Sphinx candy sticks are a different matter. They operate on a much subtler level.

We are still trying to stop children and adolescents from taking up tobacco smoking, even though overall adult smoking is in decline and is reinforced by the ban on smoking in public places in many European countries (Although Belgium has just relaxed that!).

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Please can I have some more?

Pets may be able to negotiate with their owners over what, when and how much they are fed. This is the view of Jon Day of the Waltham Centre for Pet Nutrition, based in part on evidence of how human babies “ask” for food before they can talk. Analysing these interactions may help avoid obesity in pets. The paper by Day and his colleagues appears in CABI’s broad-ranging reviews journal, CAB Reviews.

 

Both pets and babies use begging and finicky eating habits to control what they are given, in a push-pull relationship. Day and his colleagues say that behaviour before, during and after eating all influence the feeder. Cats can self-regulate their diet in the laboratory at a healthy level, suggesting that obesity in the home may be the result of the pet manipulating the feeder, whether intentionally or unintentionally.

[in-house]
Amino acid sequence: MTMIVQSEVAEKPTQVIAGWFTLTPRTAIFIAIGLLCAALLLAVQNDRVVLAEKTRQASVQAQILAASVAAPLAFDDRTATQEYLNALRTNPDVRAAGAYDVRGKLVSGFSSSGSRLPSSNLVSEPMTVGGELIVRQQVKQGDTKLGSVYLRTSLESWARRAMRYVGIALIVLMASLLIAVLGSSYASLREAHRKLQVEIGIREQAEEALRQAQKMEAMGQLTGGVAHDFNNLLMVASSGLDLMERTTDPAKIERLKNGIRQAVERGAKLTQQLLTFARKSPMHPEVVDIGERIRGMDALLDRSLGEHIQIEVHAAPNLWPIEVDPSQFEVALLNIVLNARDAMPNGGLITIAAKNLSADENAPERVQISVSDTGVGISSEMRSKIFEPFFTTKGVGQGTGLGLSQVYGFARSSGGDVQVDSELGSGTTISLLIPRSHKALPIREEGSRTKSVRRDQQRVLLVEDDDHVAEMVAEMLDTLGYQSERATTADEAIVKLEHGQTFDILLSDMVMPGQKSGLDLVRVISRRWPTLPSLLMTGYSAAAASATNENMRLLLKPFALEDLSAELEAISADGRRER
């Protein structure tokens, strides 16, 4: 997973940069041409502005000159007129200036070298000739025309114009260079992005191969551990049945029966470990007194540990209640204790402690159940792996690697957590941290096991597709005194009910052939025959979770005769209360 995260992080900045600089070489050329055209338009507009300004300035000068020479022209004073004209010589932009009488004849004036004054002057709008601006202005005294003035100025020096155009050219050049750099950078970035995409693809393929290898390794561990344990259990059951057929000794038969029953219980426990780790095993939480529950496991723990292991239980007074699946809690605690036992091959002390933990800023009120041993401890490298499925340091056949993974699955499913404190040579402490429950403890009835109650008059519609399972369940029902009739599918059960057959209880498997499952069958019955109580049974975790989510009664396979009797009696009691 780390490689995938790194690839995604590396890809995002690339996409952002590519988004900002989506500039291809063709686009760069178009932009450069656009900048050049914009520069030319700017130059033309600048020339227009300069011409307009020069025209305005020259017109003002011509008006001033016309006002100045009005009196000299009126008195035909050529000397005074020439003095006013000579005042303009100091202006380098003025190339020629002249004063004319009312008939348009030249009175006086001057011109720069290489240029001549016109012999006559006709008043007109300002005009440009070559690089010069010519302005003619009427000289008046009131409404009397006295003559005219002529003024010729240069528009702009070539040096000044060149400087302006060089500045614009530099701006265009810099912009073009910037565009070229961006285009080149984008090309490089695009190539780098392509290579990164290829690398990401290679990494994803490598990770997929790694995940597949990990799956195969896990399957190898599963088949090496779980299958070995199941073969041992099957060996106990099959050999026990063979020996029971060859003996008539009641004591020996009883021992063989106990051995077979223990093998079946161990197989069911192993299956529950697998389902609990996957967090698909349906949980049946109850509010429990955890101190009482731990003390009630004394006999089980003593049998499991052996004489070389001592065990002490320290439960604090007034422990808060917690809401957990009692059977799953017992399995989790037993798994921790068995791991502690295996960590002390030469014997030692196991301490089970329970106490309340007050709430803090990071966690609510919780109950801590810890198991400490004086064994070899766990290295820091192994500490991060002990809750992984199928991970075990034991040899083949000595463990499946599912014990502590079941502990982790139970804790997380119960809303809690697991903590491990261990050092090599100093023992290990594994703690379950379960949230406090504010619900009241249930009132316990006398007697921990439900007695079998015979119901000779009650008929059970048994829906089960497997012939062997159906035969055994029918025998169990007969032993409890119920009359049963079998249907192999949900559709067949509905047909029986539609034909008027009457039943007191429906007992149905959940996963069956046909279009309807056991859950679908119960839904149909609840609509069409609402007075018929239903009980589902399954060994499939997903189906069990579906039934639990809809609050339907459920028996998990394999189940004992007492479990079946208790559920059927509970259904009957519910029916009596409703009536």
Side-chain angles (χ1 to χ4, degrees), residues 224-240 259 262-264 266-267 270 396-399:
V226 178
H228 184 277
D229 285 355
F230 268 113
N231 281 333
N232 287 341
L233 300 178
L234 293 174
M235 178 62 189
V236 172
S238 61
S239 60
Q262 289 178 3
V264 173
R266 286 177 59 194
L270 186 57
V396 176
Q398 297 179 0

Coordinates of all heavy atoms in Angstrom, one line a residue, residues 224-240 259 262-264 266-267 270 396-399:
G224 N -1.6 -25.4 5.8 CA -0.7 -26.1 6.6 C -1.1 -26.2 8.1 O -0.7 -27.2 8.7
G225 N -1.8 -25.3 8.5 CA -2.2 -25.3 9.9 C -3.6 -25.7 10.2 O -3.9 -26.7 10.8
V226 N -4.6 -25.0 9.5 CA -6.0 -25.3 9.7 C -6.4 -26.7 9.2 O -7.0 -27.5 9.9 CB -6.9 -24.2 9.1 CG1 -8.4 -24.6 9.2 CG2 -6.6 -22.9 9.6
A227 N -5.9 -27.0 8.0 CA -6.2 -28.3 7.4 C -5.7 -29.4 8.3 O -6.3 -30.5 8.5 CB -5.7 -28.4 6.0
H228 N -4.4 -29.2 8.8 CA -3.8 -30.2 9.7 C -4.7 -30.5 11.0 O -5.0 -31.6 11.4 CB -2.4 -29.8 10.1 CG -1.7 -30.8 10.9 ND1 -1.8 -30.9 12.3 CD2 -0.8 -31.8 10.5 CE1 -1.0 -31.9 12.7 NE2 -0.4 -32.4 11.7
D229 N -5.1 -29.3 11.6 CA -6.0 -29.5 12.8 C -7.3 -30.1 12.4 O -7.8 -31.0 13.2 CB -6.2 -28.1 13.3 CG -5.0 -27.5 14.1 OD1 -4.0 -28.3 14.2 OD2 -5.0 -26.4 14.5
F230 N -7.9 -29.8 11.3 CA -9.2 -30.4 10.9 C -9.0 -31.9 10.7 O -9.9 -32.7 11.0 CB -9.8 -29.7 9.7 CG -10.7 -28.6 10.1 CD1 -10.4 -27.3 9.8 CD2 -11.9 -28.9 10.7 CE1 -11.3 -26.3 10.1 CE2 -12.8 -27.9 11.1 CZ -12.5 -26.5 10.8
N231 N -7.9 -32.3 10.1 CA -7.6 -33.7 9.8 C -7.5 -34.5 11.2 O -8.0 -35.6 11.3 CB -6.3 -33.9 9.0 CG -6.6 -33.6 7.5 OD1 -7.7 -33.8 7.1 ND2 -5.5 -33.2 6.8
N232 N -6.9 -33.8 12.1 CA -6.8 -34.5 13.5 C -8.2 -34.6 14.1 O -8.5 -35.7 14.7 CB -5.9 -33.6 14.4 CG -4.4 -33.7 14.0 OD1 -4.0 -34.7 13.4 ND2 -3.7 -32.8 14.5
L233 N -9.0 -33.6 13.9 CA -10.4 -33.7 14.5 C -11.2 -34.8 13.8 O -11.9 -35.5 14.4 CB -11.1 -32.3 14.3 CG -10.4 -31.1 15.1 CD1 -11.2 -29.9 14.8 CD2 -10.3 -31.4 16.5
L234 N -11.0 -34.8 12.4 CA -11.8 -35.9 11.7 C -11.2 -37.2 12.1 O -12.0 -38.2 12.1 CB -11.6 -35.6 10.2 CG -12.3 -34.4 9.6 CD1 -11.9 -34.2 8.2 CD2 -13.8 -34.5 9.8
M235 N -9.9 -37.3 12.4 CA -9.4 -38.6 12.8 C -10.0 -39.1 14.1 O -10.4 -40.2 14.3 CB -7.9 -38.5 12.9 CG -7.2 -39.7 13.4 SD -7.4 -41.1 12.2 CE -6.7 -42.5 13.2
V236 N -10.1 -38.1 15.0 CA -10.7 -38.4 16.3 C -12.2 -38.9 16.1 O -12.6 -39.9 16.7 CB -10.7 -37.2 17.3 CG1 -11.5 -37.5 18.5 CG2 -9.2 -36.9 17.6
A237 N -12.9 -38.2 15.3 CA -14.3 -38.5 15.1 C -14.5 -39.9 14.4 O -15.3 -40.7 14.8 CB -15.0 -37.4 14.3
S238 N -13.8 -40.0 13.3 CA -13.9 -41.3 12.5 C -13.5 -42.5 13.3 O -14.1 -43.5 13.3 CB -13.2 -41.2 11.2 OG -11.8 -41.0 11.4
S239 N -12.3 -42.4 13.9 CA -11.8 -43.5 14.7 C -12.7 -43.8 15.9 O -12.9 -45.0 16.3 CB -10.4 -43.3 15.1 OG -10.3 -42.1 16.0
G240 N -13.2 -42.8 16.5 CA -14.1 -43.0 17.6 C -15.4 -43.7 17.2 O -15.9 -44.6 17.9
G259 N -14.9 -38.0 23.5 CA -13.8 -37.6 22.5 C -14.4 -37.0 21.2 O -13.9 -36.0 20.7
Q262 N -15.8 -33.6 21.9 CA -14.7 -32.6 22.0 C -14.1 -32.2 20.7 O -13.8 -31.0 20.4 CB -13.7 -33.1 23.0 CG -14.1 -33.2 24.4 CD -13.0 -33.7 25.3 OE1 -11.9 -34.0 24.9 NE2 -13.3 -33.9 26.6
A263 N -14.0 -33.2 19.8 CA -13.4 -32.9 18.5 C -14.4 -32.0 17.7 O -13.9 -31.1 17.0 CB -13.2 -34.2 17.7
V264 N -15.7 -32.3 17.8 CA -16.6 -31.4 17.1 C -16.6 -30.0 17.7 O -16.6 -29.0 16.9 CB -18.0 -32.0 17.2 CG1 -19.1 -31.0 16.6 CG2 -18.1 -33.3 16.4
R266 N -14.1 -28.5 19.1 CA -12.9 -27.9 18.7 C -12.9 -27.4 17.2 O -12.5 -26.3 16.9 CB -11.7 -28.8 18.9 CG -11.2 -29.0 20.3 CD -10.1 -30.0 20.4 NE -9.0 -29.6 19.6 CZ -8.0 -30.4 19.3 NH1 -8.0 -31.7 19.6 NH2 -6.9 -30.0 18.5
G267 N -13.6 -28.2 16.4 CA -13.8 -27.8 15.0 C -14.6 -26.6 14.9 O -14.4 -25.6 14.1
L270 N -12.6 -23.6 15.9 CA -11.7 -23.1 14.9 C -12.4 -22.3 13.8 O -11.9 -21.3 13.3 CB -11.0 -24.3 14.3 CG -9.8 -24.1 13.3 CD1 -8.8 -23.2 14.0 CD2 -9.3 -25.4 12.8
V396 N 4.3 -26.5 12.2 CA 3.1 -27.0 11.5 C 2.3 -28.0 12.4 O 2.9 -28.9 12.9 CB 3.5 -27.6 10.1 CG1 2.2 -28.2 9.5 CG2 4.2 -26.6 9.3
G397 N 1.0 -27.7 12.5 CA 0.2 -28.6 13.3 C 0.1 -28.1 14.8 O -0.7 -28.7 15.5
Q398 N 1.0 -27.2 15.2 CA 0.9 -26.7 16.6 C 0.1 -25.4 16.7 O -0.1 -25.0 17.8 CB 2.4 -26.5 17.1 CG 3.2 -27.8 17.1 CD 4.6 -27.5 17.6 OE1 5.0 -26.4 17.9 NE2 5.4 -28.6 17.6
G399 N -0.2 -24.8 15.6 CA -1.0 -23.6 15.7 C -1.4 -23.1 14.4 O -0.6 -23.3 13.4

Hungry 

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Evidence suggests that men are less able to judge levels of hunger in infants than women. There is also wide variation in the ability of pet owners to interpret the behaviour of pets in terms of appetite and “fullness”.